Actually using the is-check is a definite best practice. You should always make sure the cast will be successful. Otherwise you'll be testing for null anyway, which is a definite no-no. –  Creynders Jan 11 '13 at 9:20
+1 For addressing performance. –  Paul Bellora Jan 11 '13 at 11:58
@Creynders the main reason it feels strange to do is/as is because a failed as is implicitly foo is Bar == false. Why test it twice when you can do var foo:Bar = x as Bar; followed by if(foo){}. I would NEVER recommend calling a member like this (foo as Bar).member(). –  scriptocalypse Jan 14 '13 at 22:32

AS3 Casting one type to another contains the answer that answers this as well: the "as" keyword assigns null when the conversion fails, otherwise it throws a TypeError.

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It is best practice to use the as keyword.

as has the advantage of not throwing an RTE (run-time error). For example, say you have a class Dog that cannot be cast into a MovieClip; this code will throw an RTE:

var dog:Dog = new Dog();
var mc:MovieClip = MovieClip(Dog);

TypeError: Error #1034: Type Coercion failed: cannot convert Dog to MovieClip.

In order for you to make this code "safe" you would have to encompass the cast in a try/catch block.

On the other hand, as would be safer because it simply returns null if the conversion fails and then you can check for the errors yourself without using a try/catch block:

var dog:Dog = new Dog();
var mc:MovieClip = Dog as MovieClip;
if (mc) 
    //conversion succeeded
    //conversion failed
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Prefer the use of a cast to the use of the as operator. Use the as operator only if the coercion might fail and you want the expression to evaluate to null instead of throwing an exception.

Do this:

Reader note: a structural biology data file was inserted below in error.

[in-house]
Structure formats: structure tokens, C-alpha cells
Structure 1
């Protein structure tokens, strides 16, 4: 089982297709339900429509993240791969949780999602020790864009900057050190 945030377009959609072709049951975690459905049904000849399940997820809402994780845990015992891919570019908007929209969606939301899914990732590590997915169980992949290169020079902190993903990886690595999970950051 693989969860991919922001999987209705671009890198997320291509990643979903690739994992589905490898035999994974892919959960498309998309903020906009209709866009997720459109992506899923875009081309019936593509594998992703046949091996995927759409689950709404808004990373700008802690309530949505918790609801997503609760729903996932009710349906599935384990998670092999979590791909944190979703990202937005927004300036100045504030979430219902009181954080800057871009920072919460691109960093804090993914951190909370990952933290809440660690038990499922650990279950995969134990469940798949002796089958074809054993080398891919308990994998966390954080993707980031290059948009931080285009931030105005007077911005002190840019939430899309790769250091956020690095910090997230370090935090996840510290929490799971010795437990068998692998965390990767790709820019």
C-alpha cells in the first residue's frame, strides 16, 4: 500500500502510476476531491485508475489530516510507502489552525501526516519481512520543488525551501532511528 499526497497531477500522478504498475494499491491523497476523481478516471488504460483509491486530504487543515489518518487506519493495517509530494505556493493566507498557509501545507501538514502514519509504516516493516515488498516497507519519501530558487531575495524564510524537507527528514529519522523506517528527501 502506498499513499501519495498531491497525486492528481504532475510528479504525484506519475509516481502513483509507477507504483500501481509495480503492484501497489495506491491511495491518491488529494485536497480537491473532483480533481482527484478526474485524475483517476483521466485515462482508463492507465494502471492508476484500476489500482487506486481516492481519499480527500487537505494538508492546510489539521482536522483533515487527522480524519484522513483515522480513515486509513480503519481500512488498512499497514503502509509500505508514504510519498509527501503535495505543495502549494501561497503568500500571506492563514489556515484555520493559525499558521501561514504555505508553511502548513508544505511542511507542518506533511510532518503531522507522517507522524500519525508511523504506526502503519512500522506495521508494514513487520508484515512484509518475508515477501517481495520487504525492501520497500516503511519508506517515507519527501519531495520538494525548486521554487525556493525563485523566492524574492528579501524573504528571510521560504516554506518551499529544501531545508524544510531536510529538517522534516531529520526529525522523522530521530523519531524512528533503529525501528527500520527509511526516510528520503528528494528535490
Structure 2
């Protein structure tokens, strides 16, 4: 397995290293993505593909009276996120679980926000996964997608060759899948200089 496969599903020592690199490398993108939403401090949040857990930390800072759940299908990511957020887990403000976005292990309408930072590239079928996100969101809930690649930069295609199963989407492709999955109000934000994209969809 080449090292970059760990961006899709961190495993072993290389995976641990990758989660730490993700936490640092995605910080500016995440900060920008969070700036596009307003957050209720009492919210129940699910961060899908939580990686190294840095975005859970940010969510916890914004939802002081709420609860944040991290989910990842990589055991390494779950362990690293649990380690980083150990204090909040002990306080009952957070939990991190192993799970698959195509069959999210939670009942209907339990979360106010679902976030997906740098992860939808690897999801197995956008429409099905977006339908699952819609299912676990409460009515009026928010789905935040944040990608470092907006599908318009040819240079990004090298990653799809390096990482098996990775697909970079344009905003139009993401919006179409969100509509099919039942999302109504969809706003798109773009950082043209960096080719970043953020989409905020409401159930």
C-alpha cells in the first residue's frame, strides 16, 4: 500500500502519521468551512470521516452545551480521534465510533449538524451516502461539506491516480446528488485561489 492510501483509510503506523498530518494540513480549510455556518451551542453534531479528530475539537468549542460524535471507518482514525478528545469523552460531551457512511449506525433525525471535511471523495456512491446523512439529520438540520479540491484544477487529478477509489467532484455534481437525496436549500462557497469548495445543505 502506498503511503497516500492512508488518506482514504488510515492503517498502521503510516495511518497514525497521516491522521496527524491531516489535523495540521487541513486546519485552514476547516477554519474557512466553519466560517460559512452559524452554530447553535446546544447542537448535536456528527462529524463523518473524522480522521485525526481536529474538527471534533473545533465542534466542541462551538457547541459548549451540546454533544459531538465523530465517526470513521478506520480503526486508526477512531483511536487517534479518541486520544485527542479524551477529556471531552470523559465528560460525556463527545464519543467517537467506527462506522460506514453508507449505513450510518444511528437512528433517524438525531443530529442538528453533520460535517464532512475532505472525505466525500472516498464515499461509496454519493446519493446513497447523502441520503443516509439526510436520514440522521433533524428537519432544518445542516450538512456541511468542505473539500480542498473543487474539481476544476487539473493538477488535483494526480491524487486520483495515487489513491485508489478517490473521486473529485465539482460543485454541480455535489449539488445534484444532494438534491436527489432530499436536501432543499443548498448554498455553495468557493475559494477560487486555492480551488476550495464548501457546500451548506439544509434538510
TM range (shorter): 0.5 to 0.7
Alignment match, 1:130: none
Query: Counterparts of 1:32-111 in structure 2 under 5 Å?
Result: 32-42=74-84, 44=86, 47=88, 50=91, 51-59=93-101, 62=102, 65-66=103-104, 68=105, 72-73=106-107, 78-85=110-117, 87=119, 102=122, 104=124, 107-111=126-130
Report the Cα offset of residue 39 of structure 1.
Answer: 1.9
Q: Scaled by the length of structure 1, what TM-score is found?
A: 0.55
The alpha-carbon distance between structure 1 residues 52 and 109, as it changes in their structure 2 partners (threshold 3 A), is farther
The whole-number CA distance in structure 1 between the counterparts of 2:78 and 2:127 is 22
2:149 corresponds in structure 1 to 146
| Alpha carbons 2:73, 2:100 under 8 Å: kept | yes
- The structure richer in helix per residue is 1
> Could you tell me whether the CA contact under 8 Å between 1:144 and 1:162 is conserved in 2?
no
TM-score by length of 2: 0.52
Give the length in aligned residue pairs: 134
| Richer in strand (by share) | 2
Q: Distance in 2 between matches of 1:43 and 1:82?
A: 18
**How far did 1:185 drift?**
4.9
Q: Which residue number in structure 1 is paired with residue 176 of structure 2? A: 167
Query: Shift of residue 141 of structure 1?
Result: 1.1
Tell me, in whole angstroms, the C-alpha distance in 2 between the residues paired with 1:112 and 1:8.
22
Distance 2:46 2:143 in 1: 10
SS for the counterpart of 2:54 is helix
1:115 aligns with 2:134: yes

Not this:

(child as IUIComponent).document

Coding Conventions

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+1 For counterpoint with citation (though the article doesn't explain why). –  Paul Bellora Jan 11 '13 at 11:59
@PaulBellora The reasoning in the article is simply because it's the Flex coding convention style guide. In other words, it's completely arbitrary and it's based on the coding style that the Flex framework authors used. –  scriptocalypse Jan 11 '13 at 15:03

var mc:MovieClip = MovieClip(getChildByName("mc"));

will DIRECTLY SET IT AS movieclip

var mc:MovieClip = getChildByName("mc") as MovieClip;

will make mc act like a movieclip, if required type are same

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Further to launch or not RTE, or return null, there is a significant difference when we manage errors in a swf loaded into a separate application domain.

Using Loader.uncaughtErrorEvents to handle errors of the loaded swf; if we cast like 'event.error as Error', the resulting error will have the original stack trace (the same that had been caught in the swf that caused the error) while if cast that with Error (event.error), the stack trace of the error will be changed by the current stack trace (in which the cast was made).

Sample Code:

if (event && event.error && event.error is Error) {
    debug ("Casting with 'as Error'") 
    debugStackTrace (event.error as Error); 
    debug ("casting with 'Error (...)'"); 
    debugStackTrace (Error (event.error)); 

Sample output:

Casting with 'as Error' 
ReferenceError: Error # 1056 
at Player / onEnterFrame () 
casting with 'Error (...)' 
Error: ReferenceError: Error # 1056 
at package :: HandlerClass / uncaughtErrorHandler () 
at EventInfo / listenerProxy ()